Cardamom

Spice Up Your Life

There are all kinds of ways that we can spice up our life. Some of it comes from tree bark, others come from various roots, beans, and other plant matter. Some of them even require a level of processing to make it edible. So, we are going to talk about a few herbs and spices that can upscale your nutritional and cooking needs. Let’s look at the interesting spice that defies all sorts of expectations cardamom.

cardamomCardamom

Cardamom is a spice that is hard to categorize. It somehow manages to be savory, sweet, smoky, nutty, and minty all at the same time.  It can be used for both savory and sweet dishes. And, can be a spice for a meat rub or a hot tea. This type of versatility is not that common in a herb or spice.  That might be the reason why it is the third most expensive spice in the world.

It is in high demand in the world of cuisine and has a presence from Venezuela to France. So, what do we know about it? What makes it so sought after?

History

Much like turmeric, cardamom is a very old spice. While it was first mentioned in writing 5,000 years ago, there are pods that date back well before the time of Ancient Babylon.

The ancient spice was first mentioned in what is now the Middle East in an Egyptian papyrus dating to 1550 BCE. Eventually, India and Egypt took started to utilize the cardamom plants and seeds as a breath freshener and medicinal plant. The spice arrived in Greece around 50 CE, where it was essential to cuisine, perfume, incense, and medicine. Then, it finally made its way to the rest of Europe around 1214 CE, which was around the time when the Silk Road was growing strong as a trading route.

The rest, as they say, is history.

CardamomCultivation

Cardamom production has bounced around throughout history. While it has its roots in ancient Babylon, it has certainly spread thanks to warfare and trade. After the Assyrians and Babylonians crossed paths with the Mediterranean into the Early Bronze Age, it made its way to the Middle East. It kept being cultivated in the Middle East and both Ancient Greece and Rome had a consistent supply of the spice from there.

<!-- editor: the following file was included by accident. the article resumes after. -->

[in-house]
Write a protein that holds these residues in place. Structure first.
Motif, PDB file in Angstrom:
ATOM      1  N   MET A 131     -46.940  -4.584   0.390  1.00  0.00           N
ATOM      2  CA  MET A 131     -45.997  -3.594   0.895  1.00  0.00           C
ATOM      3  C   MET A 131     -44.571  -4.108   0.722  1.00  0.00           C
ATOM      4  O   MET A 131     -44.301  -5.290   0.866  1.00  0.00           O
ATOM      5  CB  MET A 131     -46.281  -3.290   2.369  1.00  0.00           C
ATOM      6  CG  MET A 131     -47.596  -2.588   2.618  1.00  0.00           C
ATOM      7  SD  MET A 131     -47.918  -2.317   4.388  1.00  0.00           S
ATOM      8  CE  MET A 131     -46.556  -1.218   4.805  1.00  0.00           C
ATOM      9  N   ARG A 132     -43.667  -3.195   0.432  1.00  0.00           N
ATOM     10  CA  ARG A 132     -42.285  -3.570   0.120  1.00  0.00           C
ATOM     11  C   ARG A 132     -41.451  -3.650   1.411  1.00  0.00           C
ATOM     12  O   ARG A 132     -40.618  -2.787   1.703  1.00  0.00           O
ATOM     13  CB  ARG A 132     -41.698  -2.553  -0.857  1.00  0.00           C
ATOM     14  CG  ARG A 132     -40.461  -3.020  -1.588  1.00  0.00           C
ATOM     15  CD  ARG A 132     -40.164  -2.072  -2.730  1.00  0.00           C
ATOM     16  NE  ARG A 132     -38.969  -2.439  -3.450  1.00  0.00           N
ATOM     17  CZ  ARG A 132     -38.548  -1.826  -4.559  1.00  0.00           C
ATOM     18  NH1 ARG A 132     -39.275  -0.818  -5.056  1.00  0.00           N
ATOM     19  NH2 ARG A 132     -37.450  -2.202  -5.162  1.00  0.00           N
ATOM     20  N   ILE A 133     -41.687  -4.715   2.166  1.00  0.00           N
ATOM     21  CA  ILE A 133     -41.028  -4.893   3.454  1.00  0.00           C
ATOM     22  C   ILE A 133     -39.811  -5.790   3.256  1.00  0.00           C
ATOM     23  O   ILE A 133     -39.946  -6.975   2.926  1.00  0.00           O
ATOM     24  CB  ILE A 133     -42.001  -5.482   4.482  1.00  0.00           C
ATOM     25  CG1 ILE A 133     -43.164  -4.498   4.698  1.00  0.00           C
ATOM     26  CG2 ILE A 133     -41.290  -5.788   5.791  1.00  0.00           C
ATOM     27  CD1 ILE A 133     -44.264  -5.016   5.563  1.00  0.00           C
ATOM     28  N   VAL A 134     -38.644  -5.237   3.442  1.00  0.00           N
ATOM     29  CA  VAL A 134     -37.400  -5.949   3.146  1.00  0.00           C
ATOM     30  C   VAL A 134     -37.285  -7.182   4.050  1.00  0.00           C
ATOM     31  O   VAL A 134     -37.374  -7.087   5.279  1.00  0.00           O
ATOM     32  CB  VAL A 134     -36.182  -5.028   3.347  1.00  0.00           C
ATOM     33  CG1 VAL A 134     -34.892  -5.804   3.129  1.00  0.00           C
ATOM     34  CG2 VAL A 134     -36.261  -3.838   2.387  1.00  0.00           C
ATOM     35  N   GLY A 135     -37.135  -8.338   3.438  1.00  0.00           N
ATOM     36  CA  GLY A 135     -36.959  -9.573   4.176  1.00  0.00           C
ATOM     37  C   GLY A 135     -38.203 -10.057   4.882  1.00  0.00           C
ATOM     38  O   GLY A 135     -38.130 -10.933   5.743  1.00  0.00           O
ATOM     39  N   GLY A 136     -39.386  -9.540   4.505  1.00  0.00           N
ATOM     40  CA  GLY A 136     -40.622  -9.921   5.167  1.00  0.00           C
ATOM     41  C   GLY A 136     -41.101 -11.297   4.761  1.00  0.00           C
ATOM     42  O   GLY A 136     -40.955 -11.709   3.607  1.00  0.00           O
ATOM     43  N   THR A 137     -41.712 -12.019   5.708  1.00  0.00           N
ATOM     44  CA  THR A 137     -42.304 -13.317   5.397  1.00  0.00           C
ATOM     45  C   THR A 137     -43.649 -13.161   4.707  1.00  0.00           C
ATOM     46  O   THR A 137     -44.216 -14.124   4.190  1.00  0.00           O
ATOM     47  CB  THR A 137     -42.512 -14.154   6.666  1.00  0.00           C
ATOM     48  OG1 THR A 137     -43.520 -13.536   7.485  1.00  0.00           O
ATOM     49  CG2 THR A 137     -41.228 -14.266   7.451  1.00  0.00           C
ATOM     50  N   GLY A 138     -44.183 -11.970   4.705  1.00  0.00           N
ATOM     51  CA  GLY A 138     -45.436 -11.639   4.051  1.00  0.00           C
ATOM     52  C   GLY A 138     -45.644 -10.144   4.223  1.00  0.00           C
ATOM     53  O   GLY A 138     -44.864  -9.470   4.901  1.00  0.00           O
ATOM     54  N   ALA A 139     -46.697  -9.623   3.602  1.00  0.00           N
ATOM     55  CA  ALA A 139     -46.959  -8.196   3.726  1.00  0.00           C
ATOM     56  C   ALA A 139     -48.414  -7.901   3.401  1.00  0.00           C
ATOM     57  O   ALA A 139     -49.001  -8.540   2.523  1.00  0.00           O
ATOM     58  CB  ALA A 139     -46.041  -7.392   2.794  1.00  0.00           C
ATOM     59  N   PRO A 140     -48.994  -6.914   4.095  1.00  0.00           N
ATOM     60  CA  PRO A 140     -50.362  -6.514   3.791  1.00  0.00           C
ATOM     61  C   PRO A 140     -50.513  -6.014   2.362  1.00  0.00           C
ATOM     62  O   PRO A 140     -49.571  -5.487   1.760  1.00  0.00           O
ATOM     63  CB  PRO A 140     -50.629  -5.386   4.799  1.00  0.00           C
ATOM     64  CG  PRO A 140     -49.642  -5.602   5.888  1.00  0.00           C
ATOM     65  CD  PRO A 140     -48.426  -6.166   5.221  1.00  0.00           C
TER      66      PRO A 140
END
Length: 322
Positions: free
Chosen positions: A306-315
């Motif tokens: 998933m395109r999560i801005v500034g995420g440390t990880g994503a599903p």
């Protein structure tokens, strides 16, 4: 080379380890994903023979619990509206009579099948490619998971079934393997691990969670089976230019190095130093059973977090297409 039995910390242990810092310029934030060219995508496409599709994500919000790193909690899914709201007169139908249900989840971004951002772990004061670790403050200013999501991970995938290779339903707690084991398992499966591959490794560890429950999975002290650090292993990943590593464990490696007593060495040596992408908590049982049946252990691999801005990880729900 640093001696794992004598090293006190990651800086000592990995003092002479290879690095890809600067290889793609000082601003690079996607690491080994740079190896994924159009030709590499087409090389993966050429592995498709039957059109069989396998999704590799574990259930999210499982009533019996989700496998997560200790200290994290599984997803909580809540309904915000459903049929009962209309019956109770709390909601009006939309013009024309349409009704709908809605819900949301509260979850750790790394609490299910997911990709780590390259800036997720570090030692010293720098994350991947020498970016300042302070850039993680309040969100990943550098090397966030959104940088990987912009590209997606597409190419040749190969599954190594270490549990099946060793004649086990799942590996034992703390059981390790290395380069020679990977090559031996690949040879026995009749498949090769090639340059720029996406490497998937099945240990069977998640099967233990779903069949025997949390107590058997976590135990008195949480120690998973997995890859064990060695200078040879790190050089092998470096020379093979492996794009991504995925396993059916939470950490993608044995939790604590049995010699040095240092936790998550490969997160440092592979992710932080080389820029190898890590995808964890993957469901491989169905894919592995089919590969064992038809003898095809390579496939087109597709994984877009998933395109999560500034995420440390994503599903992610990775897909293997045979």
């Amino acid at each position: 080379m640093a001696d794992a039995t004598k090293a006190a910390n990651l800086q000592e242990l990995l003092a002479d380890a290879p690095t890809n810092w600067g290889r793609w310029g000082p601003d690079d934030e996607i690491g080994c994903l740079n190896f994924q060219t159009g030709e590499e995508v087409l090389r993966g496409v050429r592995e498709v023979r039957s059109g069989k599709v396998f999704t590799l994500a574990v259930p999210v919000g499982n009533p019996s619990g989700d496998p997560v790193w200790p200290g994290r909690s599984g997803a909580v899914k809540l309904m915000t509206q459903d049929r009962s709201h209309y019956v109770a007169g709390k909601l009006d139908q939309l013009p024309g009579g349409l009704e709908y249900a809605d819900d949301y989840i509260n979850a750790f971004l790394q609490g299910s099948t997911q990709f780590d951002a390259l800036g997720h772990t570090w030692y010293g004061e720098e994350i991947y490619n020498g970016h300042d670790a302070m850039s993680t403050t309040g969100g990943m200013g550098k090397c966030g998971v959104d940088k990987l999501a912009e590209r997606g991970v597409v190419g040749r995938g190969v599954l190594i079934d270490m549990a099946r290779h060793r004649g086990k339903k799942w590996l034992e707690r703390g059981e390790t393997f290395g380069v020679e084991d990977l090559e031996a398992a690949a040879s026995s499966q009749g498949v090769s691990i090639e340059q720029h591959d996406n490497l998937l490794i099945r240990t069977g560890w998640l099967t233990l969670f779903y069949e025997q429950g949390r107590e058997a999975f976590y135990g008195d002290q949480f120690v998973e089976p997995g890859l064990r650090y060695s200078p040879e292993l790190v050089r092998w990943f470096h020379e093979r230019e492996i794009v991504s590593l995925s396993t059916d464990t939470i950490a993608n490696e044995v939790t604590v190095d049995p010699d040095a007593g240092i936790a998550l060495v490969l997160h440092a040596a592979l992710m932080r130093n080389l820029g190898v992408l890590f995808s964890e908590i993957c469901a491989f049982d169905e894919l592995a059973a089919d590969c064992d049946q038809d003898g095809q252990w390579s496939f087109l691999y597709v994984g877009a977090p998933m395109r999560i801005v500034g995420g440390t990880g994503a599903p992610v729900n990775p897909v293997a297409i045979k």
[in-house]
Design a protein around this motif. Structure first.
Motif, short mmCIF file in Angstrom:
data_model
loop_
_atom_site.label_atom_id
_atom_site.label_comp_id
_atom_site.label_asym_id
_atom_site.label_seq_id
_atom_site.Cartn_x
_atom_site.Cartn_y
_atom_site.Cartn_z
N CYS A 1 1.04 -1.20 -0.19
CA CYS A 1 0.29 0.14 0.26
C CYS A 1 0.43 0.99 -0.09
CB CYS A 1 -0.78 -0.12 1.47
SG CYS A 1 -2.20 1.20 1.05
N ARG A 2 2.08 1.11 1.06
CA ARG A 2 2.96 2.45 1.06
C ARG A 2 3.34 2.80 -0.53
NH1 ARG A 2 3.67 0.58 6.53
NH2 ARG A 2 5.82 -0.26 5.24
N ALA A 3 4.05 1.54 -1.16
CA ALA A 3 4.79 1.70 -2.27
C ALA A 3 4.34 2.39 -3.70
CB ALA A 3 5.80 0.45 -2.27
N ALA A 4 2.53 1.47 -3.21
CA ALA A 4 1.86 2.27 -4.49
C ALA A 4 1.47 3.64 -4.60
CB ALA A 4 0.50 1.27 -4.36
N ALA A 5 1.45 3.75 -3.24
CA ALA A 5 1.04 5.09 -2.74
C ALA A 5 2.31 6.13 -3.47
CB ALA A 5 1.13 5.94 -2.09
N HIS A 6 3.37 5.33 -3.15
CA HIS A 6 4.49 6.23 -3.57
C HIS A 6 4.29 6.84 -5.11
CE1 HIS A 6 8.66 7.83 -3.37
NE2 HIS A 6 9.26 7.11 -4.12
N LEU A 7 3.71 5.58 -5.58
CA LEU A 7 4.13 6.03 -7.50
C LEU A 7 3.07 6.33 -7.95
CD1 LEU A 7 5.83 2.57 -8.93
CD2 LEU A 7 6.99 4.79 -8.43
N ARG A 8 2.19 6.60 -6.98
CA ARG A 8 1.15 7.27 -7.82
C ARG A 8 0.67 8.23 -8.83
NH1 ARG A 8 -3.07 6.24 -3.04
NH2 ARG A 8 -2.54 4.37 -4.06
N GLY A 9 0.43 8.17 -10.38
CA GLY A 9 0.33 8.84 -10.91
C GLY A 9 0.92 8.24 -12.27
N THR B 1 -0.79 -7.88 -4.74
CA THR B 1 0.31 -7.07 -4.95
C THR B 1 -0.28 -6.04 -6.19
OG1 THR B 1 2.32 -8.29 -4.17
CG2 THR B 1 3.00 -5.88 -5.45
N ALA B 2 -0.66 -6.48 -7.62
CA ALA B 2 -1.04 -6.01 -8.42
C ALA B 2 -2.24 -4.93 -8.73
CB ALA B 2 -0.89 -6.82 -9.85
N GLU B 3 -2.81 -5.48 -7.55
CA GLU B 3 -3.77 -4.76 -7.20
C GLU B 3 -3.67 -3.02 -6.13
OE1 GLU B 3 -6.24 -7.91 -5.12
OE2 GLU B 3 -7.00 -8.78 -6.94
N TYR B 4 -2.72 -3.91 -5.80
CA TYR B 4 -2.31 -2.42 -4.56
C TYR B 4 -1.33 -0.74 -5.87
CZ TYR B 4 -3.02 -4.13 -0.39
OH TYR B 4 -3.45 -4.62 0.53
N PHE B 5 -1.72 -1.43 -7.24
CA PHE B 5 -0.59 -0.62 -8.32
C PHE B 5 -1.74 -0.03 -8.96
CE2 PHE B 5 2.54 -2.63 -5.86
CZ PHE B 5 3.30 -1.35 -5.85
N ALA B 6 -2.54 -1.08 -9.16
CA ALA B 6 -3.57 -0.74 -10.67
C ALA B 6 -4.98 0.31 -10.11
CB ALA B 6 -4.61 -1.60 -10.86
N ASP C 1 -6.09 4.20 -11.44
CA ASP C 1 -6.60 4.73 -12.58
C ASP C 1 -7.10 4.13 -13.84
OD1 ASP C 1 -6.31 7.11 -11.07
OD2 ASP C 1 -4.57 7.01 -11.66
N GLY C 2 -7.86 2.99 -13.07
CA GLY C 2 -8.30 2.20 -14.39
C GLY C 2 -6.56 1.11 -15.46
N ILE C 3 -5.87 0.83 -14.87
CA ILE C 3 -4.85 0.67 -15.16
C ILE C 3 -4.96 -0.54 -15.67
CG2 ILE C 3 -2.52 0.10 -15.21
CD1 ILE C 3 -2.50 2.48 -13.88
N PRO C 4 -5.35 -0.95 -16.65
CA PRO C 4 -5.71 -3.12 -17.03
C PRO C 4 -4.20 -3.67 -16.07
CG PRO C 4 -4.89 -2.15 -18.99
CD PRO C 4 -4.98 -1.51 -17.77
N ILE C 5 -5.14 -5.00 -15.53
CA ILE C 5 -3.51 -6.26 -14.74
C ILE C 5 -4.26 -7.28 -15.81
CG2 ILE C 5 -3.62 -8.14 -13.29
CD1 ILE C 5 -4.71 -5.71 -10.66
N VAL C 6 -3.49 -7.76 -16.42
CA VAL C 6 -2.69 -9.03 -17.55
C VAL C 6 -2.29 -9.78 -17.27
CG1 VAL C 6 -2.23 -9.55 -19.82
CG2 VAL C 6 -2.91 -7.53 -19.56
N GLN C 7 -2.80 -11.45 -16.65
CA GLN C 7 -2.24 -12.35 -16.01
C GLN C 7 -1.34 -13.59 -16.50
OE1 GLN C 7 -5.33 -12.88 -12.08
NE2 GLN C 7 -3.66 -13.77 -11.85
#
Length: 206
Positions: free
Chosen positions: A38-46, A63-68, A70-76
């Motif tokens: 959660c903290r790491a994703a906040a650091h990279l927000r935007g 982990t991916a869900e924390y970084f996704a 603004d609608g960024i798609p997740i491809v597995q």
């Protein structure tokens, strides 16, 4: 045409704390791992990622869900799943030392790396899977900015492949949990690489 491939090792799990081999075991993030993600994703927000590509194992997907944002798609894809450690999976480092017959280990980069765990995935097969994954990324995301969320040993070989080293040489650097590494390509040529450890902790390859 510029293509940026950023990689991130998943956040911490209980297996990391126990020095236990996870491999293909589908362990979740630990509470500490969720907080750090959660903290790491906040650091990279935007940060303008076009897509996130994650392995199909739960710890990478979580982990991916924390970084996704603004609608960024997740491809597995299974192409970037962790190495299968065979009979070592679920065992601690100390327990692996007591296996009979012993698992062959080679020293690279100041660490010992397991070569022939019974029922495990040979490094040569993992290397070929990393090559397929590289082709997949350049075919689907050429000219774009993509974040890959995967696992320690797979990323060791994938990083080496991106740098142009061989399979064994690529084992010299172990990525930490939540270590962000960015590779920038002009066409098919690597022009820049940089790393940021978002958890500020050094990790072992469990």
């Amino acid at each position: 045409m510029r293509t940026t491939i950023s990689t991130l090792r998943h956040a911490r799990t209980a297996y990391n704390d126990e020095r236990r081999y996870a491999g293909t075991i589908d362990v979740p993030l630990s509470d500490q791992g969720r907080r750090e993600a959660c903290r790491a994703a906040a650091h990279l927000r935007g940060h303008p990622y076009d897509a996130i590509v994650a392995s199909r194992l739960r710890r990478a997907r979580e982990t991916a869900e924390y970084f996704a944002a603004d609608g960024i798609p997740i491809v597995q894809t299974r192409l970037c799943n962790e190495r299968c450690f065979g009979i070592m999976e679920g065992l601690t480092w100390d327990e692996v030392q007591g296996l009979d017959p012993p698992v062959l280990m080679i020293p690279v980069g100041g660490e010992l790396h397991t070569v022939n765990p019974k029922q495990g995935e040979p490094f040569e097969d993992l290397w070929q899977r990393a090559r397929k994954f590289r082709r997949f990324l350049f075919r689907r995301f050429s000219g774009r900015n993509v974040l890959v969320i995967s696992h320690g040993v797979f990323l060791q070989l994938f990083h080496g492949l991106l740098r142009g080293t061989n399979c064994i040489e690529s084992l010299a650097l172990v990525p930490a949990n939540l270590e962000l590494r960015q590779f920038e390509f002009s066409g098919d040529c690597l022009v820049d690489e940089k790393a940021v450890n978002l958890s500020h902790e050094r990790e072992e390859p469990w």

However, when Portugal took over the spice trade, production moved over to Portuguese territory with the intent of having full ownership of this commercial crop.  It started becoming a cash crop in parts of India and other surrounding islands that count as Portuguese territory. The islands and territories included Costa Rica, El Salvador, Honduras, Papua New Guinea, Sri Lanka, Tanzania, Thailand, and Vietnam. There were still producers from places in Europe and Saudi Arabia, but that is what makes up most of the Cardamom trade today.

It is also important to note that there are two types of Cardamom: black cardamom and green cardamom. The black variety is something commonly found and utilized in India and Asia. Green Cardamom is normally found and utilized in more northern parts of the world.

Medicinal and Health Benefits

The interesting thing to note about Cardamon is that it is technically related to the ginger family.  I bring this up because they share some of the same beneficial properties as ginger.  Ginger is well known as something that can settle an irritated stomach, and Cardamon has the same reputation. It is also:

  • It is used for oral care and a breath freshener since it has a minty undertone
  • Cardamom can provide an invigorating odor that enhances your body’s ability to use oxygen during exercise. It can also possibly relax your airway.
  • It has many antioxidants which are good for your bloodstream.
  •  Cardamom extract may decrease elevated cholesterol levels. They may also prevent liver enlargement and liver weight, which reduces the risk of fatty liver disease.
  • Cardamom extract may prevent anxious behaviors. This may be because low blood levels of antioxidants have been linked to the development of anxiety and other mood disorders.

Conclusion

So, there is really a lot of benefits that can be found in these seeds. Especially if you are having issues with your breath and digestion. However, knowing these effects requires a little grain of salt.  I wouldn’t use it as a replacement for traditional medicine altogether just like any other herb or spice. However, it is certainly an interesting spice that can probably elevate your cooking. With autumn coming up, it might be a good idea to add a little bit to your pumpkin dishes with some cinnamon for a punch.

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